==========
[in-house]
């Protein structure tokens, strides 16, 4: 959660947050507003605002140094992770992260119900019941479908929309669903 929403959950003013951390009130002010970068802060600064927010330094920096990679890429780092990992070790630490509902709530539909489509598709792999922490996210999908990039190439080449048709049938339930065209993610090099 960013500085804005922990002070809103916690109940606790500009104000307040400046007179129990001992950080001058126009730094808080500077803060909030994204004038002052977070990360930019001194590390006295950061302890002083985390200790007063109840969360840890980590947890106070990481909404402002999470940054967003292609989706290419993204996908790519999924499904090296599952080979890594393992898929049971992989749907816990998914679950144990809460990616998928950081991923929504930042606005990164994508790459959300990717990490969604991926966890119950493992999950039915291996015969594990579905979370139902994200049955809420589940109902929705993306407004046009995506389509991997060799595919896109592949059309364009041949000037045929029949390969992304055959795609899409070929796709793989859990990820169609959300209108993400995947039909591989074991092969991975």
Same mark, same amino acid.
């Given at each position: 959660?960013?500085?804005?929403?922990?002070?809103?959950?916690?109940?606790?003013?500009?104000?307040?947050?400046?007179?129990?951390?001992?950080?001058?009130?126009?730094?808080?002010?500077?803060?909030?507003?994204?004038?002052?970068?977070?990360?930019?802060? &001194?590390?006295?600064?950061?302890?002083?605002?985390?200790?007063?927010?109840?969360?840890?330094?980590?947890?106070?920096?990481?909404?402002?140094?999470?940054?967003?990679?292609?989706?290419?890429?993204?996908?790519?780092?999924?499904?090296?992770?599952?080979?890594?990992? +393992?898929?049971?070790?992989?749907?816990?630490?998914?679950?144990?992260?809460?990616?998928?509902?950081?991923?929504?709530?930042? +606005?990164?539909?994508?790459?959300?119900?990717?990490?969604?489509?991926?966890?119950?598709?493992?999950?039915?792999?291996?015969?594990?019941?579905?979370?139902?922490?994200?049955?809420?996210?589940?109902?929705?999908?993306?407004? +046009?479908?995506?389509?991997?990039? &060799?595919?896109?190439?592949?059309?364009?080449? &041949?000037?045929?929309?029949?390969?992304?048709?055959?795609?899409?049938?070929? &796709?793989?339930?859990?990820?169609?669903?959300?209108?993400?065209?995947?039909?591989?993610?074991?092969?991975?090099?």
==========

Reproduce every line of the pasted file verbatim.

[in-house]
């Protein structure tokens, strides 16, 4: 959660947050507003605002140094992770992260119900019941479908929309669903 929403959950003013951390009130002010970068802060600064927010330094920096990679890429780092990992070790630490509902709530539909489509598709792999922490996210999908990039190439080449048709049938339930065209993610090099 960013500085804005922990002070809103916690109940606790500009104000307040400046007179129990001992950080001058126009730094808080500077803060909030994204004038002052977070990360930019001194590390006295950061302890002083985390200790007063109840969360840890980590947890106070990481909404402002999470940054967003292609989706290419993204996908790519999924499904090296599952080979890594393992898929049971992989749907816990998914679950144990809460990616998928950081991923929504930042606005990164994508790459959300990717990490969604991926966890119950493992999950039915291996015969594990579905979370139902994200049955809420589940109902929705993306407004046009995506389509991997060799595919896109592949059309364009041949000037045929029949390969992304055959795609899409070929796709793989859990990820169609959300209108993400995947039909591989074991092969991975």
Same mark, same amino acid.
């Given at each position: 959660?960013?500085?804005?929403?922990?002070?809103?959950?916690?109940?606790?003013?500009?104000?307040?947050?400046?007179?129990?951390?001992?950080?001058?009130?126009?730094?808080?002010?500077?803060?909030?507003?994204?004038?002052?970068?977070?990360?930019?802060? &001194?590390?006295?600064?950061?302890?002083?605002?985390?200790?007063?927010?109840?969360?840890?330094?980590?947890?106070?920096?990481?909404?402002?140094?999470?940054?967003?990679?292609?989706?290419?890429?993204?996908?790519?780092?999924?499904?090296?992770?599952?080979?890594?990992? +393992?898929?049971?070790?992989?749907?816990?630490?998914?679950?144990?992260?809460?990616?998928?509902?950081?991923?929504?709530?930042? +606005?990164?539909?994508?790459?959300?119900?990717?990490?969604?489509?991926?966890?119950?598709?493992?999950?039915?792999?291996?015969?594990?019941?579905?979370?139902?922490?994200?049955?809420?996210?589940?109902?929705?999908?993306?407004? +046009?479908?995506?389509?991997?990039? &060799?595919?896109?190439?592949?059309?364009?080449? &041949?000037?045929?929309?029949?390969?992304?048709?055959?795609?899409?049938?070929? &796709?793989?339930?859990?990820?169609?669903?959300?209108?993400?065209?995947?039909?591989?993610?074991?092969?991975?090099?």